The Call of Cthulhu - H. P. Lovecraft
The Summer People - Shirley Jackson
The Whimper of Whipped Dogs - Harlan Ellison
Young Goodman Brown - Nathaniel Hawthorne
Mr. Justice Harbottle - J. Sheridan Le Fanu
The Crowd - Ray Bradbury
The Autopsy - Michael Shea
John Charrington's Wedding - E. Nesbit
Sticks - Karl Edward Wagner
Larger Than Oneself - Robert Aickman
Belsen Express - Fritz Leiber
Yours Truly, Jack the Ripper - Robert Bloch
If Damon Comes - Charles L. Grant
Vandy, Vandy - Manly Wade Wellman


PART II: The Medusa in the Shield

The Swords - Robert Aickman
The Roaches - Thomas M. Disch
Bright Segment - Theodore Sturgeon
Dread - Clive Barker
The Fall of the House of Usher - Edgar Allan Poe
The Monkey - Stephen King
Within the Walls of Tyre - Michael Bishop
The Rats in the Walls - H. P. Lovecraft
Schalken the Painter - J. Sheridan Le Fanu
The Yellow Wallpaper - Charlotte Perkins Gilman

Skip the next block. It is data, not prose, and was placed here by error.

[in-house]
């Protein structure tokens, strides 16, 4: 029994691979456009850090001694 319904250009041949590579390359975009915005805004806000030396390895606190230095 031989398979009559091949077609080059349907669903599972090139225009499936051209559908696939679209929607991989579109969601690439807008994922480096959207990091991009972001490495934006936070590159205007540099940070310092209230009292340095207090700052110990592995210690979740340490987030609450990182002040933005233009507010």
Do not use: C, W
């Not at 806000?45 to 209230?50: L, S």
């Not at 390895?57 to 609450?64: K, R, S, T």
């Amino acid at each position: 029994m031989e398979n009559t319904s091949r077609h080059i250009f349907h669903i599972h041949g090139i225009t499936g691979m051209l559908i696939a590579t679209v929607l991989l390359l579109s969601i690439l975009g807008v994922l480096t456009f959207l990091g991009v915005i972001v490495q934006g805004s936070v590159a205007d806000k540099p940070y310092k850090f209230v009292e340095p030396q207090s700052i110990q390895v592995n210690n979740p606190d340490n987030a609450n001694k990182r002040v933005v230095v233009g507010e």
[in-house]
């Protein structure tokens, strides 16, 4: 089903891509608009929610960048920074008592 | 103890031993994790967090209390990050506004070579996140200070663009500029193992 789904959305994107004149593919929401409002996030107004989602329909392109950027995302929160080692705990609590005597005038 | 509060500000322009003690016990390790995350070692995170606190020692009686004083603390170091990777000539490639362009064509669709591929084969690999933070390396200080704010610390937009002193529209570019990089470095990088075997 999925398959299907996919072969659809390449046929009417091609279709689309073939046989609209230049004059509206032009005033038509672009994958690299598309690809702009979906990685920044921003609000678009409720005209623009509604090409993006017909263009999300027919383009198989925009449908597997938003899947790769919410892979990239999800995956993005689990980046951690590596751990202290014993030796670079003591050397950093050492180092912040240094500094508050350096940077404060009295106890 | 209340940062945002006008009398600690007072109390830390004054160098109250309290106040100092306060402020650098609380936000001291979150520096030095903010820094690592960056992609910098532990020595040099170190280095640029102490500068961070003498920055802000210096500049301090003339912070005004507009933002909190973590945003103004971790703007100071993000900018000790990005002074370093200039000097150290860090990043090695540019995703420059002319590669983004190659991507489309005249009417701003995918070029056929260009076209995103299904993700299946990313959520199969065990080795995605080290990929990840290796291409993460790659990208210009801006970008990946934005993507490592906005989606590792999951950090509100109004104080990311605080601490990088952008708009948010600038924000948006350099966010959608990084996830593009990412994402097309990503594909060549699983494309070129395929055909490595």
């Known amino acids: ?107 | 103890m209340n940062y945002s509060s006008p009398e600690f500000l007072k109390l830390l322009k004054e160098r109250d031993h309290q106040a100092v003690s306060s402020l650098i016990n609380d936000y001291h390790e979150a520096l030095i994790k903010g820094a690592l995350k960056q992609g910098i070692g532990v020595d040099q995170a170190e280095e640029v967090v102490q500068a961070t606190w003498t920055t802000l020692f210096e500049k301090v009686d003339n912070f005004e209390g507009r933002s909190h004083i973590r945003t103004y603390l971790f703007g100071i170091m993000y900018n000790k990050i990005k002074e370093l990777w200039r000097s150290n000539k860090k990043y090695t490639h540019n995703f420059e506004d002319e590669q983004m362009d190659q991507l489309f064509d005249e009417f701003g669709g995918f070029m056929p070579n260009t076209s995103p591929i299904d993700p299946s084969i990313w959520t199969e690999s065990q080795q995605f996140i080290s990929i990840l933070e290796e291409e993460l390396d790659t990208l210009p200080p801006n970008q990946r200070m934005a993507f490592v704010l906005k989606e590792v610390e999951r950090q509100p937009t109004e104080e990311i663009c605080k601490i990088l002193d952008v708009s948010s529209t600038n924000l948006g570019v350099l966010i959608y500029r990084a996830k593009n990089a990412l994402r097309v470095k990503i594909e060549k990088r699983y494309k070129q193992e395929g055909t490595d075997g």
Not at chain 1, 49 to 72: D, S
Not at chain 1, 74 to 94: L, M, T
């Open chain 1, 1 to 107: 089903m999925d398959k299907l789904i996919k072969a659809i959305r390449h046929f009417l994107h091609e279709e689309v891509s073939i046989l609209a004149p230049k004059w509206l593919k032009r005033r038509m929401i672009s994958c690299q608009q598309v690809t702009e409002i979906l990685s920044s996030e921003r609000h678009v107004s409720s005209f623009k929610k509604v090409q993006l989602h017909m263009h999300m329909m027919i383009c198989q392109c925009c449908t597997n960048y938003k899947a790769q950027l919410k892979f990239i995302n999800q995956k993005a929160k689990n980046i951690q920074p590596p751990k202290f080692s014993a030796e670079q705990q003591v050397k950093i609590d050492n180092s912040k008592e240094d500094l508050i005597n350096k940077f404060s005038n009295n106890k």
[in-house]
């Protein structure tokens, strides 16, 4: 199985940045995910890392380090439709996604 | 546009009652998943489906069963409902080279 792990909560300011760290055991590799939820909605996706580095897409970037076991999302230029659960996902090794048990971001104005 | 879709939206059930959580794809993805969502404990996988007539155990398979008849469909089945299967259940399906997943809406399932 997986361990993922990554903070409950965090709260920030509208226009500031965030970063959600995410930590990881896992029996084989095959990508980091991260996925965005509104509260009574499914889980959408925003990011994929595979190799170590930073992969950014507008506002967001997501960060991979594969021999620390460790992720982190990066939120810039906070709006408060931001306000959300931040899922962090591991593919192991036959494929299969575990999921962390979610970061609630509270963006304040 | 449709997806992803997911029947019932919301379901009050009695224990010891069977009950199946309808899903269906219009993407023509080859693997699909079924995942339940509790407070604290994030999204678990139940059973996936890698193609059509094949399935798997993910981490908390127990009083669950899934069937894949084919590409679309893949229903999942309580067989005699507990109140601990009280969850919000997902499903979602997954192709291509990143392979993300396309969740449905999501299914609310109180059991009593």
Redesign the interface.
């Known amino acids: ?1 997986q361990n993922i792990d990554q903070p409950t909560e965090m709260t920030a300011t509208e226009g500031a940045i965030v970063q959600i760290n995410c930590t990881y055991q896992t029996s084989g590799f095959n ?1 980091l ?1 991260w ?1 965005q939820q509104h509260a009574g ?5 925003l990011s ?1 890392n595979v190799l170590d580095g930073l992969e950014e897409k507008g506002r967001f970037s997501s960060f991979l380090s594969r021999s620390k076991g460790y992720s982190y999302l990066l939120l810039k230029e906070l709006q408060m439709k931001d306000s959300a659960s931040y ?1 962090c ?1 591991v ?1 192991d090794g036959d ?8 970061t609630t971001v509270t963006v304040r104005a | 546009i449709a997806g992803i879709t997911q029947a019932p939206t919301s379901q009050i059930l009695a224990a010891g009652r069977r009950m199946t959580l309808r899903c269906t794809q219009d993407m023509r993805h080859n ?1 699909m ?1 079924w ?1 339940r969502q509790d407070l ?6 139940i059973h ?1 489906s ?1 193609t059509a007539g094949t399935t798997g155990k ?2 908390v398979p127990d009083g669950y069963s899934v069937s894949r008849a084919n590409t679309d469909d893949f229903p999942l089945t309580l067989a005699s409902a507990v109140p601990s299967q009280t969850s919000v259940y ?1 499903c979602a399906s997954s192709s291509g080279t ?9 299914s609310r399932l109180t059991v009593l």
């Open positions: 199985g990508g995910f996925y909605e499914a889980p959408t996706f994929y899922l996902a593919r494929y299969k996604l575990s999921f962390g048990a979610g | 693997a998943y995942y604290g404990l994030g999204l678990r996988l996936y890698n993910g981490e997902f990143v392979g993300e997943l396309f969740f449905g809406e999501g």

A Rose for Emily - William Faulkner
How Love Came to Professor Guildea - Robert Hichens
Born of Man and Woman - Richard Matheson
My Dear Emily - Joanna Russ
You Can Go Now - Dennis Etchison
The Rocking-horse Winner - D. H. Lawrence
Three Days - Tanith Lee
Good Country People - Flannery O'Connor
Mackintosh Willy - Ramsey Campbell
The Jolly Corner - Henry James


PART III: A Fabulous Formless Darkness

Smoke Ghost - Fritz Leiber
Seven American Nights - Gene Wolfe
The Signal-Man - Charles Dickens
Crouch End - Stephen King
Night-Side - Joyce Carol Oates
Seaton's Aunt - Walter de la Mare
Clara Militch - Ivan Turgenev
The Repairer of Reputations - Robert W. Chambers
The Beckoning Fair One - Oliver Onions
What Was It? - Fitz-James O'Brien